Syria could see “tremendous battles” for two remaining rebel enclaves even once a government onslaught on the last insurgent pocket near Damascus is over, a senior United Nations (U.N.) adviser said on Wednesday (March 14).
International attention has focused on the battle for besieged eastern Ghouta outside the capital and for Afrin in the far north where Turkey sent in forces to combat Kurdish militia it sees as a threat to its security.
But they are not the last flashpoints as Syria’s war enters its eighth year, three years after the tide began turning in the government’s favour, said Jan Egeland, head of the Norwegian Refugee Council and a senior U.N. adviser on Syria.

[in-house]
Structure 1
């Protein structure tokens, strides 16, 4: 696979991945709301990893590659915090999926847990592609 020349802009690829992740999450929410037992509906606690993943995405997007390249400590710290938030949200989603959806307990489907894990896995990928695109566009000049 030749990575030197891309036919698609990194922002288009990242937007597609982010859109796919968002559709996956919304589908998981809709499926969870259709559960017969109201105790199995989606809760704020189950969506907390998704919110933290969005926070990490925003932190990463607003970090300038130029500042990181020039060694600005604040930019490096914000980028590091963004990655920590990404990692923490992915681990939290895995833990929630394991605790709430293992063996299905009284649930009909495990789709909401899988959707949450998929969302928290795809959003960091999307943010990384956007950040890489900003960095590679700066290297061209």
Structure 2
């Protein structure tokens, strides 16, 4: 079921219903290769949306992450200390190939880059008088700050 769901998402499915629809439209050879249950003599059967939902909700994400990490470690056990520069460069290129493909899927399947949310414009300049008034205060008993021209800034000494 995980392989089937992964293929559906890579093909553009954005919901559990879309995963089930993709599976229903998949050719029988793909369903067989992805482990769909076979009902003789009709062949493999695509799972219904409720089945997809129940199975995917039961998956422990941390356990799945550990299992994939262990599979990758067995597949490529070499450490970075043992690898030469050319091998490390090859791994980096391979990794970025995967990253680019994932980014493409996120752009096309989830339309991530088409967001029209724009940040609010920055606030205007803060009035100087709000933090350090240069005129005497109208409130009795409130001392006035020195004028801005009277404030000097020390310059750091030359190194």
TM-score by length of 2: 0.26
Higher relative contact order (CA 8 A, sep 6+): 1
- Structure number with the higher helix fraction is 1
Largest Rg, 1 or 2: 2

He said he feared that after eastern Ghouta there would be “tremendous battles” in and around Idlib, in the far northwest, and, in Deraa, in the south.
To stem one of the worst effects of the fighting – air strikes on medical facilities – Egeland said a new notification system for the coordinates of more than a dozen hospitals had gone into effect in the last few days.
Battles for Idlib and Deraa would be the latest in a string of increasingly bitter and cruel “end battles”, in which civilians were caught between warring sides, following fighting for Homs, Aleppo, Raqqa and Deir al-Zor, Egeland said.